13th May, 2019
Today I contributed to a Radio Ulster discussion on supporting teens about to take GCSEs. I have spoken and written on this topic a number of times so was reasonably well prepared to offer my top tips. Most examination advice focuses on successful examination technique and study strategies and urges the need for balance so in other words youngsters, with the help of their families, should be encouraged to be looking after their core needs for adequate sleep, rest, recreation, especially social and active and good quality nutrition
I would certainly endorse the need for balance but I also think there needs to be some acknowledgment of the need for perspective. Before the radio discussion I mulled over what I could say most usefully in a few minutes and in response to questions, about which I had not been briefed, and I pondered over the meaning of the emotionally laden and stress-inducing word ‘examination’. Its roots come from late Middle English, Latin and French vocabulary and it means to weigh, test (against a standard) and examine.
In a sense it could be argued that it is a part of being human to examine and to be examined and we all frequently and often gladly engage in all these examination experiences in order to find out, learn and develop. However, the so-called formal examination is designated significance and status that often evokes negative emotions such as fear, stress and worry that can spill over into physical wellbeing and unhelpful behaviour, for example, anxiety, sleeplessness, poor eating and isolation.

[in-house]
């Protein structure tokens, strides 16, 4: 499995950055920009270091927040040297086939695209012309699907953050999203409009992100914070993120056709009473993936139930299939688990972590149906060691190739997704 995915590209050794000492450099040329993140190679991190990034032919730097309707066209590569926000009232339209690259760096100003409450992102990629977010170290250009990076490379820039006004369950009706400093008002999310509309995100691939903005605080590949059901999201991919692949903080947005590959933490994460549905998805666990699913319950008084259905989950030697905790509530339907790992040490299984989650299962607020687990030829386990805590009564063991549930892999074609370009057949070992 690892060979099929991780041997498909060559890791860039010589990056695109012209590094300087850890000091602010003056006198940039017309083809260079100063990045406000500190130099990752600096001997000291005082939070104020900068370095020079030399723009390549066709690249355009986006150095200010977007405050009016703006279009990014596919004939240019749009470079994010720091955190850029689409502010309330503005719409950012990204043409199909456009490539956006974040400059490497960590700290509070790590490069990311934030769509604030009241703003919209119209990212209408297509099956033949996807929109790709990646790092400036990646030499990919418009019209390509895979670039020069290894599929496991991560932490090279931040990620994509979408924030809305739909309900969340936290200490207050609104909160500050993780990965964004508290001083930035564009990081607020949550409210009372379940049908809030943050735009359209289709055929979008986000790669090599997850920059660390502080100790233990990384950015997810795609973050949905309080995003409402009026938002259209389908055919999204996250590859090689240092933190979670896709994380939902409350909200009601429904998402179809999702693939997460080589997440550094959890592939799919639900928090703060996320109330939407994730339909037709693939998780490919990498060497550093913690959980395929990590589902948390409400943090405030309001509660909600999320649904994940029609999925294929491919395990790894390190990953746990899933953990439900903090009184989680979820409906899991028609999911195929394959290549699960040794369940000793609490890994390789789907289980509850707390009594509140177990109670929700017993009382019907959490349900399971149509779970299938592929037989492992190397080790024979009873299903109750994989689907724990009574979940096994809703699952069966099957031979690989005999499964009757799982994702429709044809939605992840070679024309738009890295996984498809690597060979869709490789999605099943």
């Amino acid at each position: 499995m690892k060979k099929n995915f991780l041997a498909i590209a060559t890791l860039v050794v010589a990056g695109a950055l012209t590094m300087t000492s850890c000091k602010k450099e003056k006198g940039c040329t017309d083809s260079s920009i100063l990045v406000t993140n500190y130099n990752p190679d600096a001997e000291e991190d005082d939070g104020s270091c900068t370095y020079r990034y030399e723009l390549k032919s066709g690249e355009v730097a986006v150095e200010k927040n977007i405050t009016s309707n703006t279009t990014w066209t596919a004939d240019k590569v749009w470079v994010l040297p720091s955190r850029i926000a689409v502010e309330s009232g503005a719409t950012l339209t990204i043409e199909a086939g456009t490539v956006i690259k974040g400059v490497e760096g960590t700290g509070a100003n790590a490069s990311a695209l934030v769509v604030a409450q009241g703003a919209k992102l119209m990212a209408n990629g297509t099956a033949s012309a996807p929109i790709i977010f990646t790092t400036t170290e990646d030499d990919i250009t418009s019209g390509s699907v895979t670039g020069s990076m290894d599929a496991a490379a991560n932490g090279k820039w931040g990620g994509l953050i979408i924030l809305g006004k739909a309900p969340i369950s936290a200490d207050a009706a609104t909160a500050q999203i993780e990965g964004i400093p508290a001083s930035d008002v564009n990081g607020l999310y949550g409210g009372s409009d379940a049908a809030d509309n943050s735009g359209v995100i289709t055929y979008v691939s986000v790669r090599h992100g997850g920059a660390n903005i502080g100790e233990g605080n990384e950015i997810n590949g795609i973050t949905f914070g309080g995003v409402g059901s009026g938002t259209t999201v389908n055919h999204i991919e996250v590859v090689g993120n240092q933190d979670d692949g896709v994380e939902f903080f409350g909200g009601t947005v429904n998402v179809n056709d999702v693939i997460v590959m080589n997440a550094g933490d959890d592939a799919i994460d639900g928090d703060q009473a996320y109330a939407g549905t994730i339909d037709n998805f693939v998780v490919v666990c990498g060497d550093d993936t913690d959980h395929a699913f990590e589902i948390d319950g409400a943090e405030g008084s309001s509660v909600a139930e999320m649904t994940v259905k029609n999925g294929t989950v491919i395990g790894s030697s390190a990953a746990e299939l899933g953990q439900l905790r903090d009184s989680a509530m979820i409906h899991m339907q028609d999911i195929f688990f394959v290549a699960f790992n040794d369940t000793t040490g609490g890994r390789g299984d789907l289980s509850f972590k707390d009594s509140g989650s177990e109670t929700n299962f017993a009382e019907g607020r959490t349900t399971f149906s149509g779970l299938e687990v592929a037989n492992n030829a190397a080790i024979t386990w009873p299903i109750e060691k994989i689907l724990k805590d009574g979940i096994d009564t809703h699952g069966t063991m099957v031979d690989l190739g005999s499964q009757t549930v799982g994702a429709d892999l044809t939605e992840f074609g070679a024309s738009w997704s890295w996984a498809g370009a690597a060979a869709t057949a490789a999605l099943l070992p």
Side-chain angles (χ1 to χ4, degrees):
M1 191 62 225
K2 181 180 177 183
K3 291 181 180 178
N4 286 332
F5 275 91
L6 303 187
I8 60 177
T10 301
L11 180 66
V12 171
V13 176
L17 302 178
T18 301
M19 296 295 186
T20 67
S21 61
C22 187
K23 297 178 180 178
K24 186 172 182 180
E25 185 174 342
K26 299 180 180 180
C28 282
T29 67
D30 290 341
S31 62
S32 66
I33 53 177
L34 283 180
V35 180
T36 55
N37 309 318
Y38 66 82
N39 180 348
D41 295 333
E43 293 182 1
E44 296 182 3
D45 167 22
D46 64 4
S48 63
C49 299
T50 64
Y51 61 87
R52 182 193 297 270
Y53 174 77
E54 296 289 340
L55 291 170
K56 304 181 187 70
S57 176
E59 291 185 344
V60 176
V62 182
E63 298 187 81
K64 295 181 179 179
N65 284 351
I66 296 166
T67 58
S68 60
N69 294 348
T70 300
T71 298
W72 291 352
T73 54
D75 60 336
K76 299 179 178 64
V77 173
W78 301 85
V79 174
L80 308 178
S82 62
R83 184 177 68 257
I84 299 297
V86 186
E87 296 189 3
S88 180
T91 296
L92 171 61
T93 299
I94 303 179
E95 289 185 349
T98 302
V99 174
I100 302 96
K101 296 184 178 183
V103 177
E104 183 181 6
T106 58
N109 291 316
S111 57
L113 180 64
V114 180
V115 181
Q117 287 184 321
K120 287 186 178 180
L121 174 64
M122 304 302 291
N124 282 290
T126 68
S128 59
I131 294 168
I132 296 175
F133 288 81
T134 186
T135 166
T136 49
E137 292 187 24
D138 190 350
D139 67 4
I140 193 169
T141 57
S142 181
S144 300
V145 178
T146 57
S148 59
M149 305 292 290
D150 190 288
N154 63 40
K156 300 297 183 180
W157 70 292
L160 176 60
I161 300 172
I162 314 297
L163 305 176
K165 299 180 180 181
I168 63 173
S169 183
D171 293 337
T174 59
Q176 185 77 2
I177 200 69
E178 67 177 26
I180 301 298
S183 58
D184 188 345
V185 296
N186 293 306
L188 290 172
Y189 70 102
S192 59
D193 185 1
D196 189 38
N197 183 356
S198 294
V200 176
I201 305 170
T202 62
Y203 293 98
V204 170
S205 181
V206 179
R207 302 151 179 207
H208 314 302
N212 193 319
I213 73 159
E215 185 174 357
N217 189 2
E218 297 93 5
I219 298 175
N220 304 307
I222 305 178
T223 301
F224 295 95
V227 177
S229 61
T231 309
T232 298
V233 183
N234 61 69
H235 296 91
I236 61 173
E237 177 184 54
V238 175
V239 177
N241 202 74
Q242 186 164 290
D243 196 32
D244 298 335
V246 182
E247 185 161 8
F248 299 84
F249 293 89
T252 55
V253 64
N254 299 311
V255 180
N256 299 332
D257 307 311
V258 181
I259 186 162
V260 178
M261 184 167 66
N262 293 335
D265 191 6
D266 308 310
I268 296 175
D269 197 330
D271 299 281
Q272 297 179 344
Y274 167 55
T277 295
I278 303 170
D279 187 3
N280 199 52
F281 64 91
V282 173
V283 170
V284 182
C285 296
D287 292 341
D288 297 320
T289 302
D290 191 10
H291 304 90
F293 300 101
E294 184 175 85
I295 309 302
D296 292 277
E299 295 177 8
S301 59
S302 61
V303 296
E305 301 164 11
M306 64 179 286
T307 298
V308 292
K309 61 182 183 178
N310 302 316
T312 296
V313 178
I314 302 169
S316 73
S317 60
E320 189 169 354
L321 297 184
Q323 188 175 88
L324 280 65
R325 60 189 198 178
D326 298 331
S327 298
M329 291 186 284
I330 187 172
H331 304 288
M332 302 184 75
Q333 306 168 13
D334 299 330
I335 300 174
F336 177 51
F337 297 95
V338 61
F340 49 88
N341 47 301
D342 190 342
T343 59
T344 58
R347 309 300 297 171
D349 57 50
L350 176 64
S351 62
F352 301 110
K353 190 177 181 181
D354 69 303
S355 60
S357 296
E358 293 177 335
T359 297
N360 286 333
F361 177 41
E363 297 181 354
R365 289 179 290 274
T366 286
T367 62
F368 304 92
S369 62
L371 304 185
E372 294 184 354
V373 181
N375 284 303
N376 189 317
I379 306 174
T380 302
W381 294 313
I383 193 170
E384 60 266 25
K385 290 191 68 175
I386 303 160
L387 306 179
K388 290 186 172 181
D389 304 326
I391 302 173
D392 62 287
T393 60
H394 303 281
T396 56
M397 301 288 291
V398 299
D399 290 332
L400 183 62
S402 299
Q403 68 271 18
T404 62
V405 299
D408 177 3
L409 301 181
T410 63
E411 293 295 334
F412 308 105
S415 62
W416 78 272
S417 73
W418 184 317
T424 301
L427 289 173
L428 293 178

The issue with formal or, as they are often known, public examinations, is that they tend to be viewed entirely in summative terms, that is to say, they are seen as an end in themselves; a final and enduring evaluation of worth, ability and effort whereas in fact their formative potential is equally worth taking into account, i.e. their capacity to signpost where you need to learn more and/or better. That saying “you win or you learn’ is worth bearing in mind whenever an examination is being taken. Each examination should not be looked at as the final verdict on ability and application but part of many examination experiences over time, which if learnt from can have a very positive cumulative effect both on learning and on results of study.
Parents and key adults in teenagers’ lives have a big role in ensuring their youngsters achieve a good balance in their daily lives but equally important, in my view, is in developing perspective. This is best done through lots of everyday, unforced and honest conversations that draw upon the adults’ own experiences, genuinely and actively listen to the teenager and ideally lead to practical follow-up in terms of help and resources. Most important of all is the communication of empathy and positive and unconditional regard for the young person as this is the basis upon which all effort, discipline and to some degree, risk-taking rests.